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Long-term offender hearing starts for man guilty of child pornography offences

Long-term offender hearing for convicted Sask. child pornographer
WATCH ABOVE: A hearing was held to determine if Shane Pattison, guilty of multiple child pornography-related charges, should be declared a long-term offender.

WARNING: Some people may find some of the contents of this story disturbing.

A man who admitted to possessing and distributing child pornography appeared animated and seemed to enjoy sharing his various sexual interests, according to a clinical psychologist’s testimony.

Dr. Tarah Hook conducted a psychological assessment of Shane Pattison, 28, over the course of seven and a half hours.

READ MORE: Saskatoon man’s child porn collection is among the worst authorities have seen

She appeared via video Monday as part of a long-term offender hearing for Pattison who pleaded guilty to 42 child pornography offences in June 2017.

Pattison exhibited a “high level of denial” and “distorted thinking” toward sex with children, Hook said, describing him as “compulsive with deviant interests,” including female children.

According to a behavioural report, while in custody, the 28-year-old exchanged graphic stories with fellow inmates, which resulted in sexual gratification for Pattison, Hook said.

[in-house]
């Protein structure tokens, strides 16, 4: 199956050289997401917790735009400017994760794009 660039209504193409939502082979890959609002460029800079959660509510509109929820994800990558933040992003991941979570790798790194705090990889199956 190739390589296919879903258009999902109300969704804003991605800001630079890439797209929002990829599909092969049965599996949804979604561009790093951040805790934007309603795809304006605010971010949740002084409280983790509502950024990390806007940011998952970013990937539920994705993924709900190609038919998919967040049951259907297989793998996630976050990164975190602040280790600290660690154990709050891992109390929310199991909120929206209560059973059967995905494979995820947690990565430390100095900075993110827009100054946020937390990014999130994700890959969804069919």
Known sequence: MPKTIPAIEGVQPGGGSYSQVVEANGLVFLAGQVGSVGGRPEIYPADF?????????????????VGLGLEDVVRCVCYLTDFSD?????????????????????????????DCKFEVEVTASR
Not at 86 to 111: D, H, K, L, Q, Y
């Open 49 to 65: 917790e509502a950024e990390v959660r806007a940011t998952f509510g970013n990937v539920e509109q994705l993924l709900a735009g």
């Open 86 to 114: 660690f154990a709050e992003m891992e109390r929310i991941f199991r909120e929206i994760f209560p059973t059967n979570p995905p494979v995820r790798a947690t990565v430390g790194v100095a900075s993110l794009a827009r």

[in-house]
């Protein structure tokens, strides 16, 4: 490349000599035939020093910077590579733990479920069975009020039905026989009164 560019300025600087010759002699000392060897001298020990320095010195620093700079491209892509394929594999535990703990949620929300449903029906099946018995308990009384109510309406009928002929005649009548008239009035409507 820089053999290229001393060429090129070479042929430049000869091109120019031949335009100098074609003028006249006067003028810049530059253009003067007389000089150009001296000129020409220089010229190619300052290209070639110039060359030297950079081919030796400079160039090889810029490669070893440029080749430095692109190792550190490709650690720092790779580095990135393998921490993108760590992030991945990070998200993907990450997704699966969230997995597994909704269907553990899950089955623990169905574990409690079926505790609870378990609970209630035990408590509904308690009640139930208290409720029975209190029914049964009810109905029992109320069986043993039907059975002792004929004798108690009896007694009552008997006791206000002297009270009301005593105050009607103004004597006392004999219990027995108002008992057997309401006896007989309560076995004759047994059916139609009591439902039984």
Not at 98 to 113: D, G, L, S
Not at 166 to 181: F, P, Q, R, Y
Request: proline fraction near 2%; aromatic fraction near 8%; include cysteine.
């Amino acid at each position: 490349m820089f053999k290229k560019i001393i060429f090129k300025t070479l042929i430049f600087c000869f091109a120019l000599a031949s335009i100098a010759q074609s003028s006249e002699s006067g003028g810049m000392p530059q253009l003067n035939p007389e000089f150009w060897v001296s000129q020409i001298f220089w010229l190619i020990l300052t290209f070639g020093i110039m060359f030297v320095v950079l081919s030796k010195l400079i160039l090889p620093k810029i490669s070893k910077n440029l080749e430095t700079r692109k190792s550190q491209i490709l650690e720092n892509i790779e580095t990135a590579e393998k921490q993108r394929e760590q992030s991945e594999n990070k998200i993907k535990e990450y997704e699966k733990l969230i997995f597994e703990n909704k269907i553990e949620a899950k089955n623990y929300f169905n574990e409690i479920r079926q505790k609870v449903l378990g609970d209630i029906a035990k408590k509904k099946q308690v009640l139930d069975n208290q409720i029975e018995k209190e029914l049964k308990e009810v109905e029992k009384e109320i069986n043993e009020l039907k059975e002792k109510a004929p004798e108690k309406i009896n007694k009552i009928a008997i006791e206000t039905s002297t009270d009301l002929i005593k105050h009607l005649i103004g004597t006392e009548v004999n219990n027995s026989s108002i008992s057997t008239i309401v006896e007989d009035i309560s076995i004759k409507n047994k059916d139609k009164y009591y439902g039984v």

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The Crown and defence are putting forward a joint submission, calling for a seven-year sentence minus timed served, along with Pattison’s designation as a long-term offender and a 10-year supervision order.

He would also face numerous conditions.

In 2012, Pattison was convicted of 53 offences related to child pornography and was sentenced to five years in custody.

He was released in September 2015 and arrested for further child pornography offences in March 2016.

READ MORE: Convicted Sask. sex offender Justin Gryba changes name

It’s believed Pattison started sharing child porn within weeks of his release.

Court also heard testimony from Tammy Thompson, a registered nurse at the Regional Psychiatric Centre.

She worked with Pattison for three weeks in 2013, and thought the offender was determined to undermine the program and never received therapy.

“I do wish I’d been able to get to know Mr. Pattison, so he could understand his offending and intervene,” Thompson said.

The long-term offender hearing is scheduled to continue Tuesday.

With files from Global’s Joel Senick